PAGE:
Election Law

Judge stays mail-in ballot suit after Trump campaign provides little evidence of fraud

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President Donald Trump at a rally in Charlotte, North Carolina, on March 3. Shutterstock

A federal judge has stayed a challenge by President Donald Trump’s re-election campaign to Pennsylvania ballot procedures to allow state courts to consider voting issues in separate suits.

U.S. District Judge J. Nicholas Ranjan of Pittsburgh issued the stay Sunday, citing the abstention doctrine, report CNN, Reuters and the Associated Press. The stay follows a court filing by the campaign, reviewed by the Guardian and the Intercept, that cited little evidence of ballot fraud.

“After carefully considering the arguments raised by the parties, the court finds that the appropriate course is abstention, at least for the time being,” wrote Ranjan, an appointee of President Donald Trump. “In other words, the court will apply the brakes to this lawsuit, and allow the Pennsylvania state courts to weigh in and interpret the state statutes that undergird plaintiffs’ federal constitutional claims.”

The Trump campaign’s lawsuit alleges Pennsylvania ballot procedures violate the state and federal constitutions and provide fraudsters an easy means to harvest ballots. The campaign is seeking to ban ballot drop boxes, to lift the residency requirement for poll watchers, and to stop counties from counting ballots that aren’t placed in secrecy sleeves.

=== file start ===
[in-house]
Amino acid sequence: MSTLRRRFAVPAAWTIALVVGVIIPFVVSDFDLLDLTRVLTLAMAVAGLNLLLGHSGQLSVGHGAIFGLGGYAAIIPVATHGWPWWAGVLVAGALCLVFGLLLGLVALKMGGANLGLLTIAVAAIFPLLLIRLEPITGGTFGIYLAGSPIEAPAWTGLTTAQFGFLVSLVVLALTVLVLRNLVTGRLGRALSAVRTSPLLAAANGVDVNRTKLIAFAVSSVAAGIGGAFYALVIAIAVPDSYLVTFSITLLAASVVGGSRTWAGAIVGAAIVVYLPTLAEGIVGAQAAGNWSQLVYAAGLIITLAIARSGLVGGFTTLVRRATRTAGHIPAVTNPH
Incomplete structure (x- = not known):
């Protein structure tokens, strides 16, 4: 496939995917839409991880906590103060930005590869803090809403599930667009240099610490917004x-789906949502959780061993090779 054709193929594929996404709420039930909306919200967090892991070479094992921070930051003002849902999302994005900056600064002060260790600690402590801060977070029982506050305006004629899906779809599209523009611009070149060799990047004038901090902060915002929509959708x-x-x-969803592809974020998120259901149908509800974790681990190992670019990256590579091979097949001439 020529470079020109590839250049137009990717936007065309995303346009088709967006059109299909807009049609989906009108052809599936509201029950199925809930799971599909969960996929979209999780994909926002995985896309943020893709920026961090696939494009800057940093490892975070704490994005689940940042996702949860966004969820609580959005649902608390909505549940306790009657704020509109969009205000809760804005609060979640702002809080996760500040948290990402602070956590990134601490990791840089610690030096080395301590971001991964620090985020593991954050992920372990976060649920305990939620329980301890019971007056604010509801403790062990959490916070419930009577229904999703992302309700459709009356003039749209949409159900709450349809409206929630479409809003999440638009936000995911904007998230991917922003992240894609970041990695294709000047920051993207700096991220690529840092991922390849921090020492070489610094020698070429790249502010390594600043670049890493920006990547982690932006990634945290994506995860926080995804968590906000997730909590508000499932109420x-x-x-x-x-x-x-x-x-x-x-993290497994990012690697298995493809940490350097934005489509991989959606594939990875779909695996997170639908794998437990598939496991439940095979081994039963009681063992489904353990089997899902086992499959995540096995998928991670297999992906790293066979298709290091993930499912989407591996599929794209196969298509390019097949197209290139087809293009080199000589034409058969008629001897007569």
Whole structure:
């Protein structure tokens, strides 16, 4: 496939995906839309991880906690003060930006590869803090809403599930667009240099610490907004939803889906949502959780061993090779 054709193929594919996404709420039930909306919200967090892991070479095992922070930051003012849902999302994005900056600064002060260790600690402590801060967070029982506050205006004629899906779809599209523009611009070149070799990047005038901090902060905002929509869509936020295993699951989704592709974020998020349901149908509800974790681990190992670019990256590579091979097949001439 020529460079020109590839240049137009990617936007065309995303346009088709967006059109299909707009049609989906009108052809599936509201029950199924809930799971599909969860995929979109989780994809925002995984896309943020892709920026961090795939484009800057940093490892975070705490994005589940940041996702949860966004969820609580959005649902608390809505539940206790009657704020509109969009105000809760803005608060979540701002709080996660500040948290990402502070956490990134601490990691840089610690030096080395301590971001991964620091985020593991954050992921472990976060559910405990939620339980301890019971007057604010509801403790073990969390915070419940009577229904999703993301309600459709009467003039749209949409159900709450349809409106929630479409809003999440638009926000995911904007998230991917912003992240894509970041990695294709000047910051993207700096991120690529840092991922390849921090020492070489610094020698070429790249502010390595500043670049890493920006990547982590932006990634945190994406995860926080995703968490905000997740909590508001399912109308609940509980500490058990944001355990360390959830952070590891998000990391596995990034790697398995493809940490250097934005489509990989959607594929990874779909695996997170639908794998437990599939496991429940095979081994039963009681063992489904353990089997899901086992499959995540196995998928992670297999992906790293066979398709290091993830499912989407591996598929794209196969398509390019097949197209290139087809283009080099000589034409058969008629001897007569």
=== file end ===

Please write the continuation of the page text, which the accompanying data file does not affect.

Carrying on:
Ranjan had ordered the campaign Aug. 13 to provide evidence of voter fraud in its possession. The Guardian and the Intercept reviewed a partially redacted document filed by the campaign in response to the order.

The filing cited a handful of news articles, none of which concerned mail-in ballots. The filing also referenced several public records requests by the campaign to local election officials.

Three news stories were about the convictions of an election judge who took bribes and the person who bribed him, according to the Guardian. Both were Democrats.

Another was a news story about a legislative hearing that concerned how to prevent fraud in mail-in voting.

A fifth was a Fox News story about a lawsuit filed by Judicial Watch that alleged as many as 800,000 ineligible voters could be registered in Pennsylvania.

The filing also cited a 2018 news release about four election workers accused of harassing and intimidating voters who wanted to vote against Democratic Party candidates.

John Powers, an attorney with the Lawyers’ Committee for Civil Rights Under Law, told the Guardian that the evidence produced so far is “paltry.”

“There’s certainly several explosive, salacious claims in the complaint that just aren’t borne out by the facts or what’s been produced,” Powers said. “Based on what we’ve seen so far, it seems like a lot of hot air.”

The case is Trump for President v. Boockvar.

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